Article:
York – City of the Future

March 31, 2022

By Elliot Newby

The high street is dead, is something you hear regularly in the national media, but I would argue that the high street is simply evolving.

The prime retail market does remain challenging, national retailers taking 25-year leases on “prime” shopping streets is a thing of the past, and York is no exception. It is clear for everyone to see that major online retailers have dominated in recent years, to the detriment of the traditional high street, however what has sprung up in its place is a growing community of local retailers and leisure businesses offering high quality, experience-based offerings – something that simply cannot be replicated online.

York has always benefitted from a strong collective of local high street operators but with the exit of many national retailers, more opportunities are presenting themselves with circa 67% of facias being local in nature, up from 63% 3 years ago. This trend has been further substantiated in the exceptional demand we have seen in small-medium sized retail units. It is not uncommon to have a raft of applicants for each available property, with a proportion of those applicants seeking to open food and beverage-based businesses.

Recent changes in the Use Classes Order have only encouraged the shift towards more leisure-based uses, effectively removing the requirement for restaurants and cafes to apply for a change of use from retail, subject to certain caveats. Many of these businesses are new start-ups or businesses still in their infancy and generally operated and run by local individuals, willing to take a chance on a location they are familiar with and have utmost confidence in to continue to thrive.

The beauty and historic nature of the city will undoubtedly continue to appeal to visitors and drive daytime and evening footfall, putting York at an advantage over many of its regional and national counterparts, however what the quirkiness of the city doesn’t provide much of, is large open plan trading footprints, this in itself results in a high proportion of small, therefore more affordable retail units, when compared with other cities.

One street that has been able to provide units more in line with national retailers’ requirements is Coney Street, hence this area of the city has seen the biggest increase in void rates. As matters stand, rent and rates put many of these units out of reach of local and regional occupiers and will require structural change in the physical make up of the buildings, or a reversal of the current national retail trend. It is apparent the former of those two scenarios is more likely with the proposal to redevelop Coney Street and its riverside frontage, incorporating a new walkway and bridge across the river Ouse, being driven by York-based private developers Helmsley Group.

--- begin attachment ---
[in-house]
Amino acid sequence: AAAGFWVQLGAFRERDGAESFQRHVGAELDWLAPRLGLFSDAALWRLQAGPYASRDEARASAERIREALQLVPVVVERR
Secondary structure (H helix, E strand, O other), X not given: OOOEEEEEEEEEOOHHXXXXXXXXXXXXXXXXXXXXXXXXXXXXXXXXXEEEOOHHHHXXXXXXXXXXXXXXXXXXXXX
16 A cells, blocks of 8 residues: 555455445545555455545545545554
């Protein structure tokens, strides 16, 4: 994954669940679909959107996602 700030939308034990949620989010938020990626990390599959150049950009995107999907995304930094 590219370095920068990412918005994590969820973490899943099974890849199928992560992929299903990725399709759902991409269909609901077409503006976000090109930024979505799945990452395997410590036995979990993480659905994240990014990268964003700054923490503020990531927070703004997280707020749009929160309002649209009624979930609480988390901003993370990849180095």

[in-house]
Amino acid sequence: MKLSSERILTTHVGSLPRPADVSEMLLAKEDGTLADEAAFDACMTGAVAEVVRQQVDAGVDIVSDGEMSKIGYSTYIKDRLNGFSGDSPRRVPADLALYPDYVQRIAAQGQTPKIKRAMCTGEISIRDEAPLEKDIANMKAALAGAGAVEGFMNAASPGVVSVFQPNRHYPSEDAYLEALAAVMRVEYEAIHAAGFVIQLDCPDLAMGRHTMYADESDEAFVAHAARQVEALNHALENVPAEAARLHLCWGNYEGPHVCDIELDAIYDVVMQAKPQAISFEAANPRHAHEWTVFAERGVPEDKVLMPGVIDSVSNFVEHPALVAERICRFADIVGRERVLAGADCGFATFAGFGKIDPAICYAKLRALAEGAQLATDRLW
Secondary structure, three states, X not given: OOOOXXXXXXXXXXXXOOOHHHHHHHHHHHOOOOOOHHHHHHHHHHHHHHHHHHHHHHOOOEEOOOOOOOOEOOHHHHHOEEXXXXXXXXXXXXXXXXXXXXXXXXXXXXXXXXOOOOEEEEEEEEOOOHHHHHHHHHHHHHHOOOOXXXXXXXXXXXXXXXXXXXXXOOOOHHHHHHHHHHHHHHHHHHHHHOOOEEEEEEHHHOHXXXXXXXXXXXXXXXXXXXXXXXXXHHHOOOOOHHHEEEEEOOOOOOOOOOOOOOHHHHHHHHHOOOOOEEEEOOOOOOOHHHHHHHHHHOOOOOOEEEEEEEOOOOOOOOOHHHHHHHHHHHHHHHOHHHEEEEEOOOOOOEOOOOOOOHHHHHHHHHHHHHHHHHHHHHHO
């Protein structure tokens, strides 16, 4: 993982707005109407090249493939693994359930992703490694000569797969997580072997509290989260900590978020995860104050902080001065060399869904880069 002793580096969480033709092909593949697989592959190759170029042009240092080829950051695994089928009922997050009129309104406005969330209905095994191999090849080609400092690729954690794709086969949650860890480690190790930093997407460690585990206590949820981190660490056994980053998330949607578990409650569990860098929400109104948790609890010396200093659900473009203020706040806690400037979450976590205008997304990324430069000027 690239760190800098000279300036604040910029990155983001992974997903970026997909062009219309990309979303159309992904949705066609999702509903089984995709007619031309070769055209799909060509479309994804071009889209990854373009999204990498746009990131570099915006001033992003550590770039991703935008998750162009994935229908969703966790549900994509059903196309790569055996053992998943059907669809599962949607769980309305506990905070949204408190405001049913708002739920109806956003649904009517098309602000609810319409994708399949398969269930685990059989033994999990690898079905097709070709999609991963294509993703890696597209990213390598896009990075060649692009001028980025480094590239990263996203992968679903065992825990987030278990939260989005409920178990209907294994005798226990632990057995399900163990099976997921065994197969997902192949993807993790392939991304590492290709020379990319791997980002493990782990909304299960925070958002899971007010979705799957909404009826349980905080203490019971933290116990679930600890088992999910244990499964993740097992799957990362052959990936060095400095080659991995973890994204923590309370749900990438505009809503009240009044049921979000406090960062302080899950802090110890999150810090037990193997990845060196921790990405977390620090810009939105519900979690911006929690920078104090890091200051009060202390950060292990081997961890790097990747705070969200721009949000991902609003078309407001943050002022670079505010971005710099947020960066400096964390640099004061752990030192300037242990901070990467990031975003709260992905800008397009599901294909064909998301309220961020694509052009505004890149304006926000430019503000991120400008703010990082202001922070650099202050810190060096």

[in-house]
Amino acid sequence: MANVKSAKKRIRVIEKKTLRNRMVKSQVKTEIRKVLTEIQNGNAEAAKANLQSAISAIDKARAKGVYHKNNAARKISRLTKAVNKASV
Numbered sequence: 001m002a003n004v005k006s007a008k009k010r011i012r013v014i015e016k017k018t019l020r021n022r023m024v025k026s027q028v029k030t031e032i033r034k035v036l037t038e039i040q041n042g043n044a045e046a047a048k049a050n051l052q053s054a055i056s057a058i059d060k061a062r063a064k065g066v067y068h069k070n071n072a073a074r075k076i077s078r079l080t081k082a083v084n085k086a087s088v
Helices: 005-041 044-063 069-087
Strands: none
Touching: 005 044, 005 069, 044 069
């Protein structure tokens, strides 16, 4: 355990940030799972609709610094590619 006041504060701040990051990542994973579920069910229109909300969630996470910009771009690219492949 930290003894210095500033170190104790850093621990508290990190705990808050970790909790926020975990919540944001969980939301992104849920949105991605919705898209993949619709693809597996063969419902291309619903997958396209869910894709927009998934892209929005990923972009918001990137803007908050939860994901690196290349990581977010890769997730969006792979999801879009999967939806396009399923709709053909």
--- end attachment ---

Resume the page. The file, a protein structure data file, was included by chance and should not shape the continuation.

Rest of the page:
The Coney Street redevelopment scheme, along with the proposed Roman Quarter and Castlegate Gateway, shows a continuing desire from developers to invest into the city and hope of a fresh new look to some of the areas that need it most.

The office market provides another interest facet to the changing city centre. Whilst flexible and hybrid working policies had become commonplace in many organisations prior to COVID-19, the coronavirus pandemic has significantly accelerated that trend.

Following the removal of the working from home guidance recently, we are seeing many businesses encouraging staff back into the workplace, however it is expected that hybrid working will form a large part of employer’s plans moving forward but to what extent is somewhat unclear at this point.

Whatever the extent of the hybrid/flexible working model, it is clear that organisations will either require equal or less office space than previously. However, we are unlikely to see a cliff edge event whereby swathes of offices become available, due to fact occupiers will only be able to make changes at their next lease event (typically every 3-5 years). We may well see a trickle of larger, poorer quality offices become vacant, and if the last 7-8 years are anything to go by, developers and investors will seize the opportunity to convert these to alternative uses, most typically residential, due to their capital values largely outstripping that of commercial property. Will this result in a higher degree of student accommodation, letting accommodation or residents living in the city? Whatever mix is settled upon will undoubtedly change the dynamics and demographic of the city centre.

Elliot Newby BSc (Hons) MRICS

Head of Commercial Agency & Commercial Surveyor

 

 


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